Sunday , December 17 2017

Why teens and teachers could benefit from a later start

As PISA results continue to plummet, and dissatisfaction with the school system grows from all stakeholders, researchers worldwide are looking at the very structure of the school day as we know it.

After years of trying to make students fit the system, many say it’s time to make the system fit the students. Later starts for teenagers, or more play time for younger children: how can we make school work? The following article was published on The Conversation and makes a case for a total rescheduling of school days. 

A typical school day in the UK starts around 8.30am. This is often even earlier elsewhere in the world, with students sitting down to their first lesson at 7.30am in the US. 

But these early start times can play havoc with teenager’s natural sleeping patterns – with research showing that waking a teenager at seven in the morning for school is similar to waking an adult at four in the morning. And while many adults wouldn’t relish such an early alarm call every working day, it’s a “non-negotiable” expectation for teenagers. 

The average teenager ideally needs eight to nine hours’ sleep each night, but in reality a lot of teenagers struggle to get this much – which can then impact their performance in the classroom.

A lot of the problems arise because our sleep patterns are not fixed, and they change as we grow. For teenagers, melatonin – the sleep hormone – doesn’t start being produced until 11pm. This is why teens don’t start feeling sleepy until late at night, and why simply telling a teenager to go to bed earlier doesn’t work.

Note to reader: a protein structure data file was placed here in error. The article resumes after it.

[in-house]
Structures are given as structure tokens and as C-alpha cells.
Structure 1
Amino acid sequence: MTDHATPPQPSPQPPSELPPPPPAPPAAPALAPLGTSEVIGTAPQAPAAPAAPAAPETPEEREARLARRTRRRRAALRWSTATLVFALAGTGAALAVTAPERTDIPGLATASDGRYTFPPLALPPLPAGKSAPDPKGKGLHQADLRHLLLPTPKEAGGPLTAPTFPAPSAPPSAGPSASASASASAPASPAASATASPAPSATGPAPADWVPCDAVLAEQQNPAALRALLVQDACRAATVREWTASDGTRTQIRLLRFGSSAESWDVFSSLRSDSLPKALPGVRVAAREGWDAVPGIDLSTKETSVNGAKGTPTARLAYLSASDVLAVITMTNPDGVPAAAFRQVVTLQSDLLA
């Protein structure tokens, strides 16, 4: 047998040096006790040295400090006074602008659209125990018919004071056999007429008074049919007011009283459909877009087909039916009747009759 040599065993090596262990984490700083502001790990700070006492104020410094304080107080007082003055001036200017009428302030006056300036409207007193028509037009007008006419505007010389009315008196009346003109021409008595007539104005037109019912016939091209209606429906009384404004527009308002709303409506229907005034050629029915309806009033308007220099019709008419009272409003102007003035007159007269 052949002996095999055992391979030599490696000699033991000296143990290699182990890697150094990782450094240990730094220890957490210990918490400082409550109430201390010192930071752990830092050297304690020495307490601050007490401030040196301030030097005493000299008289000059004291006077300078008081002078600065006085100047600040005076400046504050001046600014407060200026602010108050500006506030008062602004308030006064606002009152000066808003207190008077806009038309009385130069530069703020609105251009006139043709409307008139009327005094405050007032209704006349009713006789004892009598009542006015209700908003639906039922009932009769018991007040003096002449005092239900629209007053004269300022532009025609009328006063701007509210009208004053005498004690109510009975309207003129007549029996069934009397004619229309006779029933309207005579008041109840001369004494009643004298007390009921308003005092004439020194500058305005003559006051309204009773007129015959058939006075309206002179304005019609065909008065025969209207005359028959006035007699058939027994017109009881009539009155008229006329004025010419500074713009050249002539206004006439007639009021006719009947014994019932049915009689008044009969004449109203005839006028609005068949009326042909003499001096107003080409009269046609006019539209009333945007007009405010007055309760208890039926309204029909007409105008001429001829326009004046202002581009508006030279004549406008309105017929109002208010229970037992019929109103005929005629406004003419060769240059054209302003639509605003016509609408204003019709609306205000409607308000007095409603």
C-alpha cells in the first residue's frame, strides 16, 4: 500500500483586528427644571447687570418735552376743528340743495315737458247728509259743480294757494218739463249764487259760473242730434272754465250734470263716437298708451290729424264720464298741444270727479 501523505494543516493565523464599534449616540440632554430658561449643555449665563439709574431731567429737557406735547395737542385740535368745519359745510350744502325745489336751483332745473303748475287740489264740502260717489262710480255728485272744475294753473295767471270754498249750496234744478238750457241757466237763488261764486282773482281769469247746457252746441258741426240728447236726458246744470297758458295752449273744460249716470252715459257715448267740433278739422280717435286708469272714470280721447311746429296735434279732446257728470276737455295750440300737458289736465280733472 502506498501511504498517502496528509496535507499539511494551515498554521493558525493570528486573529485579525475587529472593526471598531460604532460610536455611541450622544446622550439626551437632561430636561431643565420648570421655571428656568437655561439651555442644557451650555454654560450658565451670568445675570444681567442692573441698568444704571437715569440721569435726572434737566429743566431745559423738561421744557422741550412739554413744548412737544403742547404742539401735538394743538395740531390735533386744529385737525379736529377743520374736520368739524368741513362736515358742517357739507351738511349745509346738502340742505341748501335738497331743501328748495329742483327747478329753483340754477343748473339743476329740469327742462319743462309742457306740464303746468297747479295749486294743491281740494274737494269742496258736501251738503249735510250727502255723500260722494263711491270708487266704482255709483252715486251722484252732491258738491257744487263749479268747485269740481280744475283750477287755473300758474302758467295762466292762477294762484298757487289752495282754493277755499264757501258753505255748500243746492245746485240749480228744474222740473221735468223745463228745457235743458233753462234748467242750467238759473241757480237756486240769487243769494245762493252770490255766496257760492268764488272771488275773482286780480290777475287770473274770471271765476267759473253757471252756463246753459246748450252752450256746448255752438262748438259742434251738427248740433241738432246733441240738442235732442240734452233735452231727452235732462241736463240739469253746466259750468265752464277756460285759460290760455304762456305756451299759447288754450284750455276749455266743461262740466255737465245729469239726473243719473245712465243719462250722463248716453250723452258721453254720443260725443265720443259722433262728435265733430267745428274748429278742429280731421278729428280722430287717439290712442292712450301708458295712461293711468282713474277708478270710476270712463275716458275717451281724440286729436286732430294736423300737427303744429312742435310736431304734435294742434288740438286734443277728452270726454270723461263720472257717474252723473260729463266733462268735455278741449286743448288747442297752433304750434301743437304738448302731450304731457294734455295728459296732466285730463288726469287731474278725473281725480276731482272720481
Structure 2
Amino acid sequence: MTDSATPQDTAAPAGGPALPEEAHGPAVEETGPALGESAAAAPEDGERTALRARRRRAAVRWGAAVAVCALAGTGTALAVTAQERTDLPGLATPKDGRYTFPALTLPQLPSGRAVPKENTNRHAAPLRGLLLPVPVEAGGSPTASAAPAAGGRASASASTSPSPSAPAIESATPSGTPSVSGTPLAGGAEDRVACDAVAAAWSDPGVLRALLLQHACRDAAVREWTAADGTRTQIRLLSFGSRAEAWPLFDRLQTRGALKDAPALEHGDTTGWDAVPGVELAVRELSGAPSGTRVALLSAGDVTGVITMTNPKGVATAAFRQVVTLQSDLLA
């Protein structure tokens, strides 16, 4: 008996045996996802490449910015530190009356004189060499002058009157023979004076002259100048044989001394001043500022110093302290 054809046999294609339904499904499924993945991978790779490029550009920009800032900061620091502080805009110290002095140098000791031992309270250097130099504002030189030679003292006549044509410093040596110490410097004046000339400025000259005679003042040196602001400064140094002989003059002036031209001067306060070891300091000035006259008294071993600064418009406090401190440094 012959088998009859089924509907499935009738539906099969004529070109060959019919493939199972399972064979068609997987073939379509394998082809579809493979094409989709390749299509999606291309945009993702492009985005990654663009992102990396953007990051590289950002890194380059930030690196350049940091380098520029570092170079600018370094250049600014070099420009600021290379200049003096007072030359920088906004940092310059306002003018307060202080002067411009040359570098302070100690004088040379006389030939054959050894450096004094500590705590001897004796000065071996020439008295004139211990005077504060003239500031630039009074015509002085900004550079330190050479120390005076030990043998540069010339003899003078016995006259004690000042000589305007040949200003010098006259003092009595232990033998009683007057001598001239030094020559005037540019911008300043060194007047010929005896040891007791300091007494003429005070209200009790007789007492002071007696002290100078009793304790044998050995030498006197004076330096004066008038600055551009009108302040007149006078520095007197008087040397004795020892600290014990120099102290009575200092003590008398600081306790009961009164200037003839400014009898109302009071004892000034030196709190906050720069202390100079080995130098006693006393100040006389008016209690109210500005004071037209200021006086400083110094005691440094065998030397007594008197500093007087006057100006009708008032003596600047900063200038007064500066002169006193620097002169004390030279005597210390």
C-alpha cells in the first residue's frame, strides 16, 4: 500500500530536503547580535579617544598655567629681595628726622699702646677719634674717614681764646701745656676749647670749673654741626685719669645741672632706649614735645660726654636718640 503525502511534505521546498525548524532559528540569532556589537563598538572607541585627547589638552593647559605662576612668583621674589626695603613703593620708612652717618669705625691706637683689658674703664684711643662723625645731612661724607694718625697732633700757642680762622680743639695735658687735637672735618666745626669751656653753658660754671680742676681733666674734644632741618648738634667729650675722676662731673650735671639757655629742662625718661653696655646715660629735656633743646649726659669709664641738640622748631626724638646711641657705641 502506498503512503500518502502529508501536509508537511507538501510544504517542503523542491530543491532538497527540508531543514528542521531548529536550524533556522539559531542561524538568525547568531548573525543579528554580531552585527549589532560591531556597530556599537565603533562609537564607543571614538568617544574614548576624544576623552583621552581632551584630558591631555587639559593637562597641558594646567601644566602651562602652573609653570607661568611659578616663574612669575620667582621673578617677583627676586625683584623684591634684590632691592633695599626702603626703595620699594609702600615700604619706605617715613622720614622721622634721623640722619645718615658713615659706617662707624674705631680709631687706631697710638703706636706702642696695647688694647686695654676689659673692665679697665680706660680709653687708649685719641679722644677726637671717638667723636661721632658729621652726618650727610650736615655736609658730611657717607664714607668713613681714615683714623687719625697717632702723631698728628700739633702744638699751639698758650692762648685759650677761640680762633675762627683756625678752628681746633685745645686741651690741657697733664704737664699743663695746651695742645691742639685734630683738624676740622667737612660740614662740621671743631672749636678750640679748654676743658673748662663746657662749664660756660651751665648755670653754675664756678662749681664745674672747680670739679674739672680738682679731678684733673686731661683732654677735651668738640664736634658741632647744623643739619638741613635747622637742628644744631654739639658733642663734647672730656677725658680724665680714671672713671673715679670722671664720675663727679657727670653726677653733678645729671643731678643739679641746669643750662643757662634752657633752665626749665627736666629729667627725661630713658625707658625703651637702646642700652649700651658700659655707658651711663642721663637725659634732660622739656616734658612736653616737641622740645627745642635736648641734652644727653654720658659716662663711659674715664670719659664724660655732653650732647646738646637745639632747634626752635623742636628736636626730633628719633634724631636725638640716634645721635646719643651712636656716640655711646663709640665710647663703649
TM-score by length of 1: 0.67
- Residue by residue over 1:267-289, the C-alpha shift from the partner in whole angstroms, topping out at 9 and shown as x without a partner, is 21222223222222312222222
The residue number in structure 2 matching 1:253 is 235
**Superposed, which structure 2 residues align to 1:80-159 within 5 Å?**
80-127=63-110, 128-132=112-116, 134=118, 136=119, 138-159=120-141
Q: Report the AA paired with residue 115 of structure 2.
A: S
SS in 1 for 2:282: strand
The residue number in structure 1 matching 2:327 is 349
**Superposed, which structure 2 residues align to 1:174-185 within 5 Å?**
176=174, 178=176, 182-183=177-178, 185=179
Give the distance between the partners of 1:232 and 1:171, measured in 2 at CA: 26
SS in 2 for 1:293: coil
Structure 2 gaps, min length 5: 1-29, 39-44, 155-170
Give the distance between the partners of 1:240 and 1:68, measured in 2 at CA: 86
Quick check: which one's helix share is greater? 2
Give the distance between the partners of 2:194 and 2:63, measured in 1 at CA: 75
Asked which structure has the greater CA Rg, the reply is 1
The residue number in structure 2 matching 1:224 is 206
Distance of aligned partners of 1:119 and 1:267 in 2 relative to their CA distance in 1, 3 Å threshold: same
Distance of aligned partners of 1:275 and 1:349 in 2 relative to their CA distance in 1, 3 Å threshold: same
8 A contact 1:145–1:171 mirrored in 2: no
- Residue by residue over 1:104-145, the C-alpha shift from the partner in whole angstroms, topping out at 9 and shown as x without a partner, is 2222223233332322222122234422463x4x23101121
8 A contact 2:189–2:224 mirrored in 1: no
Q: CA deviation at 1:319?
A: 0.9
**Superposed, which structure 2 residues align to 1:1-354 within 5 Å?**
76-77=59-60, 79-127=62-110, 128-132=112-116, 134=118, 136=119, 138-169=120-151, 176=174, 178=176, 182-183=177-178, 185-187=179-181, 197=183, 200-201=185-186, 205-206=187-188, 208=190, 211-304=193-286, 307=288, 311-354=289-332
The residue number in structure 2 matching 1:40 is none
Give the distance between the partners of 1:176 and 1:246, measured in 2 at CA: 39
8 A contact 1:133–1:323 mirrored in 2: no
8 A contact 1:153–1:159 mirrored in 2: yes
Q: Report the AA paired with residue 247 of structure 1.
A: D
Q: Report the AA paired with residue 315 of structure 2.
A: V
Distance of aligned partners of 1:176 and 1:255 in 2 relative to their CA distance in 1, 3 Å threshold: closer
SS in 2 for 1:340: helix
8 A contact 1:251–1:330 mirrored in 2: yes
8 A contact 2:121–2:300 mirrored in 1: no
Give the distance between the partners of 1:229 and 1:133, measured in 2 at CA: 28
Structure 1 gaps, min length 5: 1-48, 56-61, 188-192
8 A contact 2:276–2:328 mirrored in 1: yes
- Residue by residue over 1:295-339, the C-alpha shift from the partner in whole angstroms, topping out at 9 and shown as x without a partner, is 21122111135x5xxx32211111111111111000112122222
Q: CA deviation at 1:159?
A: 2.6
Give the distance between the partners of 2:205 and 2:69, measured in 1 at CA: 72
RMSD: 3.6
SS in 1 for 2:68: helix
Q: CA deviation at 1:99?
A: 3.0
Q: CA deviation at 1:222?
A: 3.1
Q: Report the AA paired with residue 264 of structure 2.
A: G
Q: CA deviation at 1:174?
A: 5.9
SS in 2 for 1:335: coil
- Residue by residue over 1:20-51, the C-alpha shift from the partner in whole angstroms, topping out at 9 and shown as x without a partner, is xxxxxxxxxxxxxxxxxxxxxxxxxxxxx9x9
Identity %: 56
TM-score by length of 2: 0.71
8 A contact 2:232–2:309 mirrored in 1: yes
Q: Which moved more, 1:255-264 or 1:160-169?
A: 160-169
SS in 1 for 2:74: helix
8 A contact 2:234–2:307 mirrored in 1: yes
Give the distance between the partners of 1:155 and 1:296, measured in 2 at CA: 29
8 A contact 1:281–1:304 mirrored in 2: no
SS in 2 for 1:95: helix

This has led to calls for later school start times for teenagers to align more closely with their bodies’ biology.

What the research shows

A major study published in 2014 examined the impact of later start times on 9,000 US teenagers. Researchers found that:

Grades earned in core subject areas of math, English, science and social studies, plus performance on state and national achievement tests, attendance rates and reduced tardiness show significantly positive improvement with the later start times. 

They also found that with less sleep than recommended, the students reported that they had:

Significantly higher depression symptoms, greater use of caffeine, and are at greater risk of making poor choices for substance use.

In the US – where teenagers can legally drive from the age of 16 – the research also found later start times led to a decrease in car accidents involving teenage drivers.

Why teenagers sleep differently

To understand why a later school start time can make such a difference to teenagers’ lives, we need to take a look at the biology that governs their sleep wake cycle. 

We all have a sort of hardwired “clock” in the brain – this is often referred to as our body clock. This “clock” controls the production of the hormone melatonin, and in turn, melatonin controls sleep. Melatonin is naturally produced in the brain and starts the process of sleepiness by telling your body that it’s time for bed.